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Voices of the Global Community


Yung-Hwa Anna Chow, Global Engagement Commission Chair

AnnaChow.jpgThe economic crisis and federal budget cuts have forced many colleges and universities to increase their international student enrollment.  However, this shift in enrollment practice has caused many domestic students to protest that tax dollars are being unfairly spent on educating foreign and out of state students.  In fact, in 2011 alone, international students contributed $21.8 billion dollars to the U.S. economy, and roughly 70% of all international students’ primary funding comes from sources outside of the U.S. (Open Doors 2012a, Open Doors 2012b).  Not surprisingly, international students are actively recruited to North American universities and colleges, not only because they generate revenue in tough economic times, but because they increase diversity and cultural exposure for our domestic students.

Inaccurate assumptions, coupled with the steady increase of international enrollment all over the U.S., have resulted in a number of racial incidents targeting international students.  “Students at Ohio State University Tweet comments like ‘The [I]ndian next [to] me [at] the gym smells like a curry covered butt hole’ and ‘Every Asian that walks past us in the oval wants to eat our dog.’  A column in the student newspaper at Kansas State University argued that American tax dollars shouldn’t be spent to educate Afghan, Chinese, Iranian, Iraqi or Turkish students ‘who could, in the near future, become the enemy’”  (Redden, 2012).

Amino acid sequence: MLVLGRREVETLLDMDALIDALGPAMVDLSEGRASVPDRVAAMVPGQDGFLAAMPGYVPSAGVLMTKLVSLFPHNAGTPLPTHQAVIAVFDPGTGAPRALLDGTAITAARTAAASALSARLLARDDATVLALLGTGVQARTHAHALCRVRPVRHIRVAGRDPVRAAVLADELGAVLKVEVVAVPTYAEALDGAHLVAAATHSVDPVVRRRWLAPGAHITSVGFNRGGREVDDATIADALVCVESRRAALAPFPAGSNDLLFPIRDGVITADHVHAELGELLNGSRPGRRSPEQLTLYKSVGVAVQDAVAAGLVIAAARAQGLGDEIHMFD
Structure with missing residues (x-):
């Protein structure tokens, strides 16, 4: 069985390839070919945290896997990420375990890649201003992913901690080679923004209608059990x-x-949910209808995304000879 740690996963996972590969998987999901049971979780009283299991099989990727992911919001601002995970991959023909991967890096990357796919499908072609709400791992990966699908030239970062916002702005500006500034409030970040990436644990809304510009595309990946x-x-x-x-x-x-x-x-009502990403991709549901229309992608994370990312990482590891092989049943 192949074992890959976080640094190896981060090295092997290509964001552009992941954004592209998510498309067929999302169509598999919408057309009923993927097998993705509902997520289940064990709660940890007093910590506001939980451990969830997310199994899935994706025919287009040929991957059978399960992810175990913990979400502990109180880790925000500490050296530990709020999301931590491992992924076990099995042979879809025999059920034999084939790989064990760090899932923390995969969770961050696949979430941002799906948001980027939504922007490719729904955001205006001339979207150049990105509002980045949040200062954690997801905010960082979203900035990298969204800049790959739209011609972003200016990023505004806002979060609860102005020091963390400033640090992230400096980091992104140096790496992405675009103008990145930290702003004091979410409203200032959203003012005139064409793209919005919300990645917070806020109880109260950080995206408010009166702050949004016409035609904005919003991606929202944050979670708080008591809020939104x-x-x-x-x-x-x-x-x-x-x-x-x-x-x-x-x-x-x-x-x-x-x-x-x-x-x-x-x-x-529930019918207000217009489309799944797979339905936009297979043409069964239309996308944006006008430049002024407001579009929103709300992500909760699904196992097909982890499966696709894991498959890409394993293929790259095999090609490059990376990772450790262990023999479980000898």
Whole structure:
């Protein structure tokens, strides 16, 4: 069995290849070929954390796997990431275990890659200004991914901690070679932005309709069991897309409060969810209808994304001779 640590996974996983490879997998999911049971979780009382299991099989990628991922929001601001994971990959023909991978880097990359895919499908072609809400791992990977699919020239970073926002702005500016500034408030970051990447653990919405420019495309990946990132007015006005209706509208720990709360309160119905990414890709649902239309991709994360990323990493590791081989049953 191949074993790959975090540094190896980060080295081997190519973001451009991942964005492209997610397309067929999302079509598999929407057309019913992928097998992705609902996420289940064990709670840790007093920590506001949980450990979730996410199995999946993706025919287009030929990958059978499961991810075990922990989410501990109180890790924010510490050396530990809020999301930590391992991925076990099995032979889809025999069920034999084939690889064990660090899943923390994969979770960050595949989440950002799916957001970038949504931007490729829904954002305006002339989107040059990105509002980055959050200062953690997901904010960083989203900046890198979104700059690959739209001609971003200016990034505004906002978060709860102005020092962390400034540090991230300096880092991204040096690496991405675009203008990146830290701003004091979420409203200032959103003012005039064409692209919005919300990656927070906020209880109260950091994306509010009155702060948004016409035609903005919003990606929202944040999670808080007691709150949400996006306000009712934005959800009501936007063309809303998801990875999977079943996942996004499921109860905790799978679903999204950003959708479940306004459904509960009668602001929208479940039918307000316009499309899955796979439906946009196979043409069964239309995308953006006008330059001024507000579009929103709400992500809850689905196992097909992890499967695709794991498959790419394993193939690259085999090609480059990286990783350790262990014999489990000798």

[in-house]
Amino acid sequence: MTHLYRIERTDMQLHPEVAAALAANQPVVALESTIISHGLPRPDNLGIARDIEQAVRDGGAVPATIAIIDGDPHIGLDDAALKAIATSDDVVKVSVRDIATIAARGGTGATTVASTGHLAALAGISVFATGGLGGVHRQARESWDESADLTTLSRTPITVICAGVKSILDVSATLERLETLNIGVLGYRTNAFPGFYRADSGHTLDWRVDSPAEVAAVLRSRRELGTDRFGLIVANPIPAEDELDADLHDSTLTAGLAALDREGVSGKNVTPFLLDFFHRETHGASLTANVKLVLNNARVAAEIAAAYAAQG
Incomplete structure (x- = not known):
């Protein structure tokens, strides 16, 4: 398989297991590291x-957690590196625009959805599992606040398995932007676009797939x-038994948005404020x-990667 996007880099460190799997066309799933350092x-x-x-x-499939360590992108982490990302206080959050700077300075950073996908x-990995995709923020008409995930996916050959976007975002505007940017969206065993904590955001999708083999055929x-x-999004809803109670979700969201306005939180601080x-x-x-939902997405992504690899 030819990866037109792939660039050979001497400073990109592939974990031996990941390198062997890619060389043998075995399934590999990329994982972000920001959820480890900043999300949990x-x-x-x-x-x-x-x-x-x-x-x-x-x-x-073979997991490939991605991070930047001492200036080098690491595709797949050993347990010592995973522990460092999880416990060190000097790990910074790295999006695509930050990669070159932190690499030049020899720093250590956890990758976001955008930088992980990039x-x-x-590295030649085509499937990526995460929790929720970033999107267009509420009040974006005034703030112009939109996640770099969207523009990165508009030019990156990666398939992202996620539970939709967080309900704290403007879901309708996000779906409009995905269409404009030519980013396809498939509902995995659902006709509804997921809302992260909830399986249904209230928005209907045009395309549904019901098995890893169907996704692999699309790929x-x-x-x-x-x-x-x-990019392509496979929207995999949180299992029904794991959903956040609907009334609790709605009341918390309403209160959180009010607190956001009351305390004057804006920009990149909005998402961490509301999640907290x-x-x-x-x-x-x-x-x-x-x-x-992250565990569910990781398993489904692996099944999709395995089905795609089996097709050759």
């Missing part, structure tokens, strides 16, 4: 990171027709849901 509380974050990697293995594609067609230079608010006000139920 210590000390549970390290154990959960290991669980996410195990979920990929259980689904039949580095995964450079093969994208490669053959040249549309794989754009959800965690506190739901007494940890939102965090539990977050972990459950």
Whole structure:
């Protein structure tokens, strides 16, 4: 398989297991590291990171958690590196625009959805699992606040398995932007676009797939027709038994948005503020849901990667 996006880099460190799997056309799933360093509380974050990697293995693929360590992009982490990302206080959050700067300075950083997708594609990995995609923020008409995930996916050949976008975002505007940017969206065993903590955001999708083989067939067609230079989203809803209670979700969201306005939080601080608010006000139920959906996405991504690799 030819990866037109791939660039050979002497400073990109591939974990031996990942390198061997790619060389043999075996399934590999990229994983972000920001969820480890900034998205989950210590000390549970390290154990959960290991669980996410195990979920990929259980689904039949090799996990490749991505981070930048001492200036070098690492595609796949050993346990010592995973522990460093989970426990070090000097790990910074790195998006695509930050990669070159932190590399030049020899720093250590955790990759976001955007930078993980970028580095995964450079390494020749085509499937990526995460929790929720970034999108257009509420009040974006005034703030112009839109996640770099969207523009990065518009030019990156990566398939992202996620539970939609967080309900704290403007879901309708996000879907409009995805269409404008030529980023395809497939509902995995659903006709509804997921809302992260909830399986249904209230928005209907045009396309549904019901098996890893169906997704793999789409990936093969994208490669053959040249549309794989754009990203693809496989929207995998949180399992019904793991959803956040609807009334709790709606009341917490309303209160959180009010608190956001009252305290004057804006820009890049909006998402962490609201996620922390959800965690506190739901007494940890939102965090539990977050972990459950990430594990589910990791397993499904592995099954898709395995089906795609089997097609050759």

A recent study by Shideh Hanassah at UCLA, in which she surveyed 640 international students, found that discrimination also extends to these students’ interactions with professors, university staff, classmates, potential employers, and the larger community.  Students’ examples of discriminatory acts include comments like: “Latinos cannot be logical or scientific.  [The professor] had little regards for different academic trainings, cultures, and ways of thinking;” “A White guy (staff) was laughing at my name and making fun of it in public;” ”I get very frustrated if a professor ignores me because my English is not as good compared to a native speaker…such times, I feel I’m stupid” (Hanassah, 2006).